Living creatures impose their organization on the environment in other ways besides ingestion and reproduction. The great Minnesota iron deposits, the chalk cliffs of Dover, the coral reefs of the Pacific are all sizeable structures achieved by the active, selective responses of certain microorganisms to the environment. The work of a colony of beavers can alter profoundly the surface geology of the valley they select for a dam.

Human beings, too, consume part of their environment for nourishment and, by reproduction, convert part of it into new human beings. Our numbers exceed three billion planet-wide. We are, par excellence, the living species that pushes the environment around in other complicated ways as well. We mine coal and metal, dam and bridge the rivers, terrace the hillsides, toss satellites into orbit, and prey upon all other species for food, raw material, decoration and sport.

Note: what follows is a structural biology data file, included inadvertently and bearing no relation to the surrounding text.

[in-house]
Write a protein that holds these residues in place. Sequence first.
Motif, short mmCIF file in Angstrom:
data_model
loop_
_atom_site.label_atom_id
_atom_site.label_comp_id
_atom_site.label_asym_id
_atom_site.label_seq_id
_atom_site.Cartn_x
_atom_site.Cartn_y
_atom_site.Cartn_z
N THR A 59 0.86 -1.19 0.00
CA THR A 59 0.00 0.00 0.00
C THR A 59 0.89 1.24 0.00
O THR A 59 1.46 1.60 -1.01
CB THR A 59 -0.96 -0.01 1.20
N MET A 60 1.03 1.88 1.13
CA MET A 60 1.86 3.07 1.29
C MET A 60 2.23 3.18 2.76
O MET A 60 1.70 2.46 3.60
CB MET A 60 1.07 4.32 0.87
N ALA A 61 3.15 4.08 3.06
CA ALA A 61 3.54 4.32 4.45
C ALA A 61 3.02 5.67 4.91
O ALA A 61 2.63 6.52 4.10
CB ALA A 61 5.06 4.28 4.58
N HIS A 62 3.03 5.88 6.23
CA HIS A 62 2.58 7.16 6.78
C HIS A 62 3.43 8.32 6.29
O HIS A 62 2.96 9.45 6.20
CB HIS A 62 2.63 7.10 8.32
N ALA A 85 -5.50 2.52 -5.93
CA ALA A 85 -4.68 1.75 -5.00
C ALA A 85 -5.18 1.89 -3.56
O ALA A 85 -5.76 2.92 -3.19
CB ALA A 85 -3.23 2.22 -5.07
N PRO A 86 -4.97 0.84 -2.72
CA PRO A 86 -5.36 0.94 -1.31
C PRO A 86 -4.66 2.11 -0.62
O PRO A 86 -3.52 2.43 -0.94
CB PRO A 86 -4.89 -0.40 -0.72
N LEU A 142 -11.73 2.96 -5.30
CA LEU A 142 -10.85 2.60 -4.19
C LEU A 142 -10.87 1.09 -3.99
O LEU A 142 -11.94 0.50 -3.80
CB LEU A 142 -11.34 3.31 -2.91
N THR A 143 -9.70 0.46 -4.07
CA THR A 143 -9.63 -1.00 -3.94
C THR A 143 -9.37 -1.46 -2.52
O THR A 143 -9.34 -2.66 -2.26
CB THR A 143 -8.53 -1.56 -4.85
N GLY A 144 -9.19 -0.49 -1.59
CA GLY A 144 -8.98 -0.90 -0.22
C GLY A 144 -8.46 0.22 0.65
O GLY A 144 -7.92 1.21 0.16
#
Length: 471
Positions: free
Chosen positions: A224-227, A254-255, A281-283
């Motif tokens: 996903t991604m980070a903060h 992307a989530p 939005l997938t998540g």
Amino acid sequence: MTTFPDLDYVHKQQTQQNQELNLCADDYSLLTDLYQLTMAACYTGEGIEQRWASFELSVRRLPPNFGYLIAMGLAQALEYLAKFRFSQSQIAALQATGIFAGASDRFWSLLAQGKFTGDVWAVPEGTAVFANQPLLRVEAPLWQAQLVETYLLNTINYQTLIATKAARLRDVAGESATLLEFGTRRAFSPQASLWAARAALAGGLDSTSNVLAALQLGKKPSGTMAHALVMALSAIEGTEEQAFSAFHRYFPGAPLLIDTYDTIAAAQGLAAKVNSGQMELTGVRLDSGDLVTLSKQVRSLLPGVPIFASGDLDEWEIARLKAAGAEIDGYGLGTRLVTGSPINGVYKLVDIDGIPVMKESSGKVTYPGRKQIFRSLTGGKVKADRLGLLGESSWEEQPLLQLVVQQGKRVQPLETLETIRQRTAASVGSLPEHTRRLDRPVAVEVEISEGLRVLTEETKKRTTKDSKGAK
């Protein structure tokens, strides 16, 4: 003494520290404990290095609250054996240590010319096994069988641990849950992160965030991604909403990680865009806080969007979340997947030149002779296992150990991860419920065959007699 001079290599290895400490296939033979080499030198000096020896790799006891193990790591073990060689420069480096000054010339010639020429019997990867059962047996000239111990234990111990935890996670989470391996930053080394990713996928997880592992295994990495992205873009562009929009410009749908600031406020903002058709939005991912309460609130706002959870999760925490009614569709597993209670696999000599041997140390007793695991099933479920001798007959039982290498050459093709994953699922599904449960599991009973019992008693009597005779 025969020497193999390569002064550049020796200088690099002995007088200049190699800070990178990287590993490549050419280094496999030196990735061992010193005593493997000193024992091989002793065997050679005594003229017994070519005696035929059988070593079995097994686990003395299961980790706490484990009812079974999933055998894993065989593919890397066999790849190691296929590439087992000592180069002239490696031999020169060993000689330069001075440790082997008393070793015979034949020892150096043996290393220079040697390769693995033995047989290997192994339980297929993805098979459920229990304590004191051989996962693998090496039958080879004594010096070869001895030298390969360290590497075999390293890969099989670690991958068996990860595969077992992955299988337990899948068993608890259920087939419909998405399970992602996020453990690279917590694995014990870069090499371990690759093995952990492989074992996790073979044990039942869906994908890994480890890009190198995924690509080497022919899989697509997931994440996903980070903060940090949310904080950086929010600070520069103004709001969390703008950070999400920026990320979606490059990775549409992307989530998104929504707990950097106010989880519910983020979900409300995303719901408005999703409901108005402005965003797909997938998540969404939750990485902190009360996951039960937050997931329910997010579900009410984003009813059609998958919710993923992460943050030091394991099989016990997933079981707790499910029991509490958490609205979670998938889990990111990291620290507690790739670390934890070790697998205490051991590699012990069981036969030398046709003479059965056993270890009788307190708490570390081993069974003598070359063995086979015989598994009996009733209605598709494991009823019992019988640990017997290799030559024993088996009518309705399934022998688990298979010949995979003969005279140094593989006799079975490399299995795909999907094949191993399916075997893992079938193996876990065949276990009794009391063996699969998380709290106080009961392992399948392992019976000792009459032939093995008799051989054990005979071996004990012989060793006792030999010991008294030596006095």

To repeat, human beings are like other living creatures in their active responses to the environment more than they are like non-living matter with its overall passivity to the environment.

The Human Difference

Human beings are different from all other living creatures in the kind of active responses they make to the environment. What is this difference?